HIST 23
Maps: Past, Present, & Future Winter 2023

Class Details

This class will examine how antique maps, created in the 15th to 20th centuries, provide lessons for modern-day map-making. We will start by considering the purposes of antique maps, especially those made in the 15th and 16th centuries by both European and Islamic mapmakers: why were they made, by whom and by what process? We will discuss “what is a map?”, as well as principles of information design, what makes a map good, and lessons that can be drawn from antique maps. Students will learn about the multitude of online resources available for collecting and studying antique maps, including collections at Williams College, and, in their first group project, will work in teams of two to four to make a presentation about an antique map or group of maps that represent the considered lessons. Throughout the course, we will pivot back and forth between antique maps and modern-day maps. We will consider the concept of strategy, which defines an organization, and the various purposes of modern-day geospatial data science, which derives from strategy, in both for-profit and nonprofit organizations. We will review and discuss the tools used in geospatial data science, including analytical platforms like ArcGIS and MapBox, languages like Python, and data sources like the US Census, the HERE road network and the USGS Earth Explorer. We will review and discuss several case studies about how businesses and nonprofits utilize geospatial data science to advance their strategy. In the second group project, students will evaluate a modern-day application of geospatial data science, articulating the lessons from antique maps present in these modern-day maps, as well as any new lessons. Groups will work together to make a presentation about a modern-day map they have studied or about a modern-day map they have made themselves. Topics for group projects could include nonprofit topics like gerrymandering, redlining and climate change or for-profit topics like site selection and advertising effectiveness.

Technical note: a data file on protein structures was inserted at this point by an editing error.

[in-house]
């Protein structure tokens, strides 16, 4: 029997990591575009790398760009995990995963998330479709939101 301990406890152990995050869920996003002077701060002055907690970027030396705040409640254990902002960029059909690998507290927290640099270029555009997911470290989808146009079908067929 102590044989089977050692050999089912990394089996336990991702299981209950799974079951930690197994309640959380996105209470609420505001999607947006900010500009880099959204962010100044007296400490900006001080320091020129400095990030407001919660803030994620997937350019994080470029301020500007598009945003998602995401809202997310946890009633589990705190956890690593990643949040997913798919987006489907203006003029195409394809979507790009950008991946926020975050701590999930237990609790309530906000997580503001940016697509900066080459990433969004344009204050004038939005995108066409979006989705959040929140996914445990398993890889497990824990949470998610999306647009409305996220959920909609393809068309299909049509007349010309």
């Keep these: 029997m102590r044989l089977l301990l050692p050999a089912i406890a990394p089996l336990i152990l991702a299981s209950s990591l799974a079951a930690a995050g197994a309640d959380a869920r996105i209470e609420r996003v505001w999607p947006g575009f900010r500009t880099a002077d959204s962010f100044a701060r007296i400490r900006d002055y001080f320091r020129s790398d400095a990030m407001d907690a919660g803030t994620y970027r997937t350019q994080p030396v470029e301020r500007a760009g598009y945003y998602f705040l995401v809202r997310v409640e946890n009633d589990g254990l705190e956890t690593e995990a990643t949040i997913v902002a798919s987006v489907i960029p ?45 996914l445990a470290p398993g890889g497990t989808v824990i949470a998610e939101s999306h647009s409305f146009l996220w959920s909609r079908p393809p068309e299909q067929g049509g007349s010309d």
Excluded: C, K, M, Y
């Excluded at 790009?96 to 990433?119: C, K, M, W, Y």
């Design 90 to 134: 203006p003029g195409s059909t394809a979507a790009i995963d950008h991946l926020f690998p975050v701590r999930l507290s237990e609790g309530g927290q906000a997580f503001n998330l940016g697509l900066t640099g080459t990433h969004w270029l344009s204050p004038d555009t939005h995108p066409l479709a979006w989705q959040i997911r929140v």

The Class: Format: lecture
Limit: 30
Expected: NA
Class#: 1176
Grading: pass/fail only
Requirements/Evaluation: Discussion and two group projects
Prerequisites: none
Enrollment Preferences: Mix of students with an interest in history, art, and science
Unit Notes: Tom Paper is a Williams grad '84 and Stanford MBA, Managing Partner of Webster Pacific, a strategic analytics consultancy; he is also VP of the California Map Society & Founder of The Digital Gallery, a website of exhibits of antique maps and art.
Attributes: EXPE Experiential Education Courses
SLFX Winter Study Self-Expression
STUX Winter Study Student Exploration

Class Grid

Updated 5:50 am

Course Catalog Search


(searches Title and Course Description only)
TERM




SUBJECT
DIVISION



DISTRIBUTION



ENROLLMENT LIMIT
COURSE TYPE
Start Time
End Time
Day(s)